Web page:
Event Review: WOMAD Festival @ Charlton Park (Malmesbury, Wiltshire; Thursday 28th to Sunday 31st July 2022)

A beautiful sunset on the crowd at Womad’s 40th anniversary after its 3 year hiatus

After a 3 year wait, and returning on its 40th anniversary, to say there was anticipation around Womad ’22 would be a vast understatement. The line-up played it safe in some respects, with old favourites looming large; but there were bright spots of new musical energy, hungrily met by pent-up punters looking for release.

Womad continues to do well what it always has done: it’s roomy, across site and programme, with time and space to roam around and dance freely; yet compact enough to happily wander all day. It’s no ‘walking holiday’ a la Glastonbury.

It makes the most of lush woodland – the wellbeing, word and science areas in a leafy paddock with the intimate Ecotricity stage; and a rainbow-lit forest bar marks the path to Luke Jerram’s Museum of the Moon, an immense suspended orb shrouded in Yazz Ahmed’s dreamy space-and-bass soundtrack.

And there’s a sense of community: the mood is warm and welcoming. There are some musical friends here that appeared at the first Womad in 1982. Founding Father Peter Gabriel pops up – introducing Osibisa with reminiscences of their collaboration at that first festival and dancing on-stage with Angelique Kidjo – clearly revelling in the family party he masterminded that’s still going so strong. 

The new acts are the lifeblood that will continue his legacy, some travelling to the UK for the first time. Comorian, a raw homespun act born of the Indian Ocean and discovered by brilliantly passionate producer Ian Brennan, reveals so much of the festival’s expansive nature: a unique language from an unfamiliar land; homemade instruments; songs that speak alternately of going to the city to have shoes repaired, and in tongues to spirits unseen. All this, unexpectedly, in the World of Words tent, just a few feet away on a Saturday morning. Musical horizons – and those of the imagination – shifted exponentially.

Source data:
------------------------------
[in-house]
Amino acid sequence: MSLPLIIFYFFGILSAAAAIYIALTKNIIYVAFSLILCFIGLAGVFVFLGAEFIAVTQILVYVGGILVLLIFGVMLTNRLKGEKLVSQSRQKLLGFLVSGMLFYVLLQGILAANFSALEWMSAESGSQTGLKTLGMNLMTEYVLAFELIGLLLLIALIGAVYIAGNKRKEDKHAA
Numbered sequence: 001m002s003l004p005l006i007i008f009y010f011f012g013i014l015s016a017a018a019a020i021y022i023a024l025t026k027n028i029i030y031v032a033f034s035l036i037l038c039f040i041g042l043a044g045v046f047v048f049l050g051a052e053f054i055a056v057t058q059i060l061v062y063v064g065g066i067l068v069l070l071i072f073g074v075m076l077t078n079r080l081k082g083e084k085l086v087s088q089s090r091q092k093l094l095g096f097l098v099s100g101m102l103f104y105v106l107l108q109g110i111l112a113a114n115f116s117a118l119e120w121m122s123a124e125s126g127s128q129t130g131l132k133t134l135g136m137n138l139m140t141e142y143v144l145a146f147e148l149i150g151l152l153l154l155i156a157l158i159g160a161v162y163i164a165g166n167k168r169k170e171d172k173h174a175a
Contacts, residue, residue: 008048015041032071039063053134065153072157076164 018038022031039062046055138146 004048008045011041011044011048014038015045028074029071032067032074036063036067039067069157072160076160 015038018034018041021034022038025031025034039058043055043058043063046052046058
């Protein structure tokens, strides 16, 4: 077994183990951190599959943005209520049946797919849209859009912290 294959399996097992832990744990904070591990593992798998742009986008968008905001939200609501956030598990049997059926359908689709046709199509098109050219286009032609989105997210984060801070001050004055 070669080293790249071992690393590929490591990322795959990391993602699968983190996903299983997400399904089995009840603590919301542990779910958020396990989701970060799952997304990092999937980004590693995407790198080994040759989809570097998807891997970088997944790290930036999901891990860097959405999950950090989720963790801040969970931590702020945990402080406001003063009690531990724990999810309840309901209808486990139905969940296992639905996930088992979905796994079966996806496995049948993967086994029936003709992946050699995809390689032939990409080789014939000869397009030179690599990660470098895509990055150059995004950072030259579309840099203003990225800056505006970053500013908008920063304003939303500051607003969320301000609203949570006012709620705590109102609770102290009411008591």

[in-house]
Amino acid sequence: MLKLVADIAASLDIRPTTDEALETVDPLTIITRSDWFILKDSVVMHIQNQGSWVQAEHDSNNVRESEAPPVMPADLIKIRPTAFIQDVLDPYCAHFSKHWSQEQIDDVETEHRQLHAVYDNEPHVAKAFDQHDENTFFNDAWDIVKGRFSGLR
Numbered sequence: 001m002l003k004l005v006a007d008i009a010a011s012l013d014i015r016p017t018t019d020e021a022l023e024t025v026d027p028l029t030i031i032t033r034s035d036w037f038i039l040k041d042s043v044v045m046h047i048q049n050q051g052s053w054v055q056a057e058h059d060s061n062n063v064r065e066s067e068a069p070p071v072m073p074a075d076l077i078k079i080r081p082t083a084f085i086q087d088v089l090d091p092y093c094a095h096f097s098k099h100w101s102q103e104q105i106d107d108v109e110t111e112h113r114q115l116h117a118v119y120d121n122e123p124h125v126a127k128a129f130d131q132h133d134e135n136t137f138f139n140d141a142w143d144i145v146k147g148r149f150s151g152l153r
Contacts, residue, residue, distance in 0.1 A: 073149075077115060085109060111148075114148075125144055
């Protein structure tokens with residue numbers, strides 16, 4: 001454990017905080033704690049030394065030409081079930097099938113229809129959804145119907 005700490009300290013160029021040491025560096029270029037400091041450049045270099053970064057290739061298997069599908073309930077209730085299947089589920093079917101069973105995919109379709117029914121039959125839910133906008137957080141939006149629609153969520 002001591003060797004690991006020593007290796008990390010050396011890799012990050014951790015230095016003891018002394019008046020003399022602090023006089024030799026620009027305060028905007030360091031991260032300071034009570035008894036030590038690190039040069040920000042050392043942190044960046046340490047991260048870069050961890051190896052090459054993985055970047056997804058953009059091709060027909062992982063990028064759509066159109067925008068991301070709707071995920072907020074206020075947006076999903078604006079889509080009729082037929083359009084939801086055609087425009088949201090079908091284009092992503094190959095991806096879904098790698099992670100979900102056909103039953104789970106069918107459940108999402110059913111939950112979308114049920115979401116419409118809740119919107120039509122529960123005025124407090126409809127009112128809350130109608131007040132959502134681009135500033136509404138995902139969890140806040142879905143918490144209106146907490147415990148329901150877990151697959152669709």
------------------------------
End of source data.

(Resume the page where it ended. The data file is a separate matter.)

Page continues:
In the same setting, Ukrainian experimentalists Folknery tell tall tales of their song-collecting travels on two wheels across 52 countries to Australia. Connecting musical threads, these cultures are simultaneously foreign and familiar. Ghanaians Alostmen have brought their homemade oil-can kologo here for the first time, greeting new faces with huge smiles and hugs. Music transports us, and makes us feel at home; it illuminates beautiful differences and bonds us with strangers. All this is found at Womad. 

A common focus on re-energising tradition is what keeps the festival alive. Friday’s bolts of musical lightning electrify the blissed-out crowds. In Electric Jalaba’s recharged Gnawa guembri, qraqreb and screaming guitar solos soar above dance and dub foundations. Moroccan spiritual music, they tell us, can be transformative. In the blazing sun of a Womad afternoon it feels transcendent. “Money is not everything,” intones a beaming Simo Lagnawi; “Love, freedom, happiness is everything!” It’s music to the ears of these glowing, carefree dancers.

K.O.G. injects the music of the ancestors with a new spirit, setting the tent ablaze with his Afrofuturist highlife-meets-grime. Kweku dances, spins and cartwheels with chaotic energy; the frenzied audience reciprocates. A performer with oceans of charisma, he holds the crowd captivated for the entirety. Ending with (everybody get) ‘Mad Up’ is like a call to arms to these people, and the tent explodes. 

We’ve missed this festival and, more than anything, we’ve missed dancing with a bestial spirit: we’re like animals finally uncaged.